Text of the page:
Tax Facts Revealed
Opponents claims are misleading
By Alan Pittman
As ballots went out last week, school funding opponents added more misleading arguments against the temporary, $120 a year (on average) income tax to save schools while supporters laid out the big impact on local kids if Measure 20-182 doesnt pass.
“The opponents are using numbers to confuse you,” said 4J board member Jennifer Geller at a City Club debate on the measure last week. “Lets not get confused. This anti-tax group really does not want to support schools.”
Opponents claim that the school funding measure has a higher percentage of lost revenue to exemptions than other taxes. But that claim doesnt survive fact checking.
Even using the opponents claim of almost 30 percent lost to exemptions, thats half the leakage rate of the property taxes that conservatives have repeatedly backed for jails, potholes and other measures. According to the Oregon Tax Expenditure Report, 61 percent of state property taxes, $8 billion a year, are lost to exemptions. Many of those property tax exemptions ã such as $66 million for Hynix and $500,000 for The Register-Guards apartment building downtown ã have been fiercely supported by the same conservatives who now oppose the school funding measure.
On top of the 61 percent “leakage” lost to property tax exemptions, bond measures for buildings and roads also lose about half their revenue to interest costs for borrowing. Add the borrowing cost to the exemptions and you get a “leakage” rate of almost 70 percent.
The state income tax also has bigger leakage than the proposed local income tax for schools. About 44 percent of the state income tax, $5 billion a year, is lost to exemptions. Conservatives have also fiercely defended these exemptions, most of which go to corporations and the wealthy.
Some opponents have wrongly argued or implied that the exemptions are the “administrative” cost of collecting the taxes. Thats false. Multnomah County spent 5 percent to administer a similar tax in Portland and would likely charge Eugene about the same to collect this tax. That percentage is roughly similar to the cost to collect property taxes and about the same as the administrative cost of donating through well run charities like the Eugene Education Fund.
Some opponents also add their claimed “leakage” to the cost of the measure to arrive at an inflated “$24 million” figure for the amount of taxes that will be collected. Thats false. The inflated figure is mentioned nowhere in the measures official text. The measures ballot language states the tax will raise an estimated $16.8 million. Opponents have never added a “leakage” number to other tax proposals that theyve supported to inflate the measures cost.
Another major argument from opponents is that the budget deficit should be solved by taking money from teachers. But leading studies, including one from the Economic Policy Institute, show that teacher compensation, including benefits and adjusting for summer vacations, actually trails other professions with similar experience and education requirements.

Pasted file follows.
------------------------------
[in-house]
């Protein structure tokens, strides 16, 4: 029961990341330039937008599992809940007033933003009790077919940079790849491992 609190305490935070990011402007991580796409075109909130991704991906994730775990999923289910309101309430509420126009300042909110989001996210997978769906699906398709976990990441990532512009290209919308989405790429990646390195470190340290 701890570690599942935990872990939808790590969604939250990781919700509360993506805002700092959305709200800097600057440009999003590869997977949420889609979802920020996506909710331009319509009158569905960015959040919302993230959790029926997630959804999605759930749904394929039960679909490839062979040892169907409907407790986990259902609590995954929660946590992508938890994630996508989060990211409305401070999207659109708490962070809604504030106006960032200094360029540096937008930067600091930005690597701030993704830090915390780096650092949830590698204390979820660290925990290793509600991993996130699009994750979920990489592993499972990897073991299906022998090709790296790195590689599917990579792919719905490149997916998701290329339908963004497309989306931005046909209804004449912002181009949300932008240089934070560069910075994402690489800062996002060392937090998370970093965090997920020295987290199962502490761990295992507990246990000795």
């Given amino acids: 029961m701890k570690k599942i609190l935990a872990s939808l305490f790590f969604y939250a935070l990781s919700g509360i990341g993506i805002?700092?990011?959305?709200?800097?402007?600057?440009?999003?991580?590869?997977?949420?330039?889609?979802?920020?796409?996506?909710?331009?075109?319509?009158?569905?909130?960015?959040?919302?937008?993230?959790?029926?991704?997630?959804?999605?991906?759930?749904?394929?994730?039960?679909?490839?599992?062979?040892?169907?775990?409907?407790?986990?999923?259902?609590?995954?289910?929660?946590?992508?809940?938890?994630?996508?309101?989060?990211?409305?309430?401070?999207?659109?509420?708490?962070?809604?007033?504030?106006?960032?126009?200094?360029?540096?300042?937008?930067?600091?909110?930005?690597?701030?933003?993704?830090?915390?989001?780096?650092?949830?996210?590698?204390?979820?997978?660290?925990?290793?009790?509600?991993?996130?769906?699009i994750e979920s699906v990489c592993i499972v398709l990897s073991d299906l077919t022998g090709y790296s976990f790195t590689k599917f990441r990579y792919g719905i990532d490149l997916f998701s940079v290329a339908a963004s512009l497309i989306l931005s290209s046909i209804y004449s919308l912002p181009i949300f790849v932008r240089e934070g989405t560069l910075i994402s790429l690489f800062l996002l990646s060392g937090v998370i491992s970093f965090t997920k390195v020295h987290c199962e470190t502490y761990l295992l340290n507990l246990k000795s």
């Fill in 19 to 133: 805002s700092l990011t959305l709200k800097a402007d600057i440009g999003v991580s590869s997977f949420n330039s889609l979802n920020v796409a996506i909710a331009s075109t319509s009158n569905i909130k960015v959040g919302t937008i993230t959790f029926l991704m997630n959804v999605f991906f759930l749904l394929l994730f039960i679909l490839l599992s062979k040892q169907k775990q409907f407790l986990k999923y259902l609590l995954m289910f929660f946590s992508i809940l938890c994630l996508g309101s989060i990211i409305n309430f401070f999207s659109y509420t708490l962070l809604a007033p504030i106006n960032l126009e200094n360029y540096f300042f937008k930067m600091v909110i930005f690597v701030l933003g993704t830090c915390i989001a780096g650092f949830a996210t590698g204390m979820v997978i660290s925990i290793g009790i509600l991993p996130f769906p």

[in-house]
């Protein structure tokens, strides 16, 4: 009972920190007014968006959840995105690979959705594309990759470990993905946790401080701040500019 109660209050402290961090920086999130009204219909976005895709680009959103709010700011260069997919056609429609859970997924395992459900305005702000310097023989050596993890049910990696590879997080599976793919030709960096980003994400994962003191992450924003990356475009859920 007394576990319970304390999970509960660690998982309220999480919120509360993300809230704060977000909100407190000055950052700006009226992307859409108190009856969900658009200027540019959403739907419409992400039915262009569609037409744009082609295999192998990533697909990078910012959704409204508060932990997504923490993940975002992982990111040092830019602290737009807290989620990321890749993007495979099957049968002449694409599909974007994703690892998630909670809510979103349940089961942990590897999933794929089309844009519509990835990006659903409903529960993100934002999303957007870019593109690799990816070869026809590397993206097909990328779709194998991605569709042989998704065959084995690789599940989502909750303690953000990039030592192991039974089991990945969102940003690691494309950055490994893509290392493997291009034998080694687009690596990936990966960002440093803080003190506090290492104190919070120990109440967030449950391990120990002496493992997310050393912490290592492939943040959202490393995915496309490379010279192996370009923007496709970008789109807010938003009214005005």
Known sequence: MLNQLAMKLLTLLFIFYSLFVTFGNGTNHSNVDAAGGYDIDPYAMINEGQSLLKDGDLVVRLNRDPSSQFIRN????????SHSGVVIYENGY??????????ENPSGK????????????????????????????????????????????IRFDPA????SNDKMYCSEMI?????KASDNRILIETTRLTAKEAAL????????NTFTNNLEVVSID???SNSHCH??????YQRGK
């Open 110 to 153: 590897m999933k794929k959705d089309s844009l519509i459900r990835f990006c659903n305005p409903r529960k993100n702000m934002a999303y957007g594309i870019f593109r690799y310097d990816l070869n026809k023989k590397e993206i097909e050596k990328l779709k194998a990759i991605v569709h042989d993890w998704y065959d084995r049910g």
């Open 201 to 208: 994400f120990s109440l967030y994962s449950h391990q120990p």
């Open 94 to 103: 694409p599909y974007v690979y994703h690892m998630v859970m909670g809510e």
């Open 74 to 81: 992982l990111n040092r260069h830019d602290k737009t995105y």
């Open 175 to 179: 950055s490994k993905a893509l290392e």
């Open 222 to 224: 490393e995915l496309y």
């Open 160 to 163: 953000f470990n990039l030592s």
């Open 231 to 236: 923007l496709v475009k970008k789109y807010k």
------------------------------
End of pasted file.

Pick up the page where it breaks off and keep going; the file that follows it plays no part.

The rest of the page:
Opponents of school funding have often supported measures for increased Sheriffs Office funding. But compared with teachers, many sheriffs deputies have more costly PERS benefits with earlier retirement ages, higher annual salaries and, unlike many overworked teachers, get paid time and a half for overtime, all without a requirement for a college degree, according to county budget and contract documents. Personnel costs at the Sheriffs Office per employee have risen at twice the rate of inflation over the last five years.
Another argument thrown out by opponents is that the graduated tax does not have a complicated marginal rate structure that would mitigate jumps in taxes for those who fell just beyond a bracket cut-off. But other taxes also have many sharp cut-offs. The Oregon income tax exempts those under an income level with a sharp cut-off. The R-G got its big property tax break while similar nearby apartment buildings got nothing.
While opponents throw out misleading and/or hypothetical arguments about the school funding measure, supporters compiled examples from many individual 4J schools of exactly what principals plan to cut if the measure doesnt pass.
“Its a grim picture,” said parent Hillary Johnson, chair of the Strong Schools, Strong Eugene campaign. Here are the details:
« At the elementary level, most schools will have more than 30 children per class and many schools will lose their music and P.E. teachers.
« At the middle-school level, most schools will lose sixth grade social studies; Roosevelt algebra and geometry classes will pack 53 students and French immersion classes will average 45 students; Madison classes will average 36 kids; Spencer Butte will average 35 and the school will lose French instruction and its orchestra and half of its art and music classes.
« At high schools South will have many classes close to 40 students and some with more than 50 and will cut 35 class offerings including psychology and anatomy, and half of the schools foreign languages. Sheldon will cram at least four more kids in each class and cut a technology teacher, a PE teacher, a counselor and half an English teacher position. Churchill plans a class with 60 sophomores.
« The Bethel School District plans to focus its cuts largely on school days, cutting eight class days from the school calendar. Oregon schools already have the second shortest school year in the nation and the fourth largest class sizes.
Asked at City Club what she would do if her private school kids had classrooms with 53 students, Jennifer Solomon, head of the anti-school funding campaign, responded, “it is what it is.”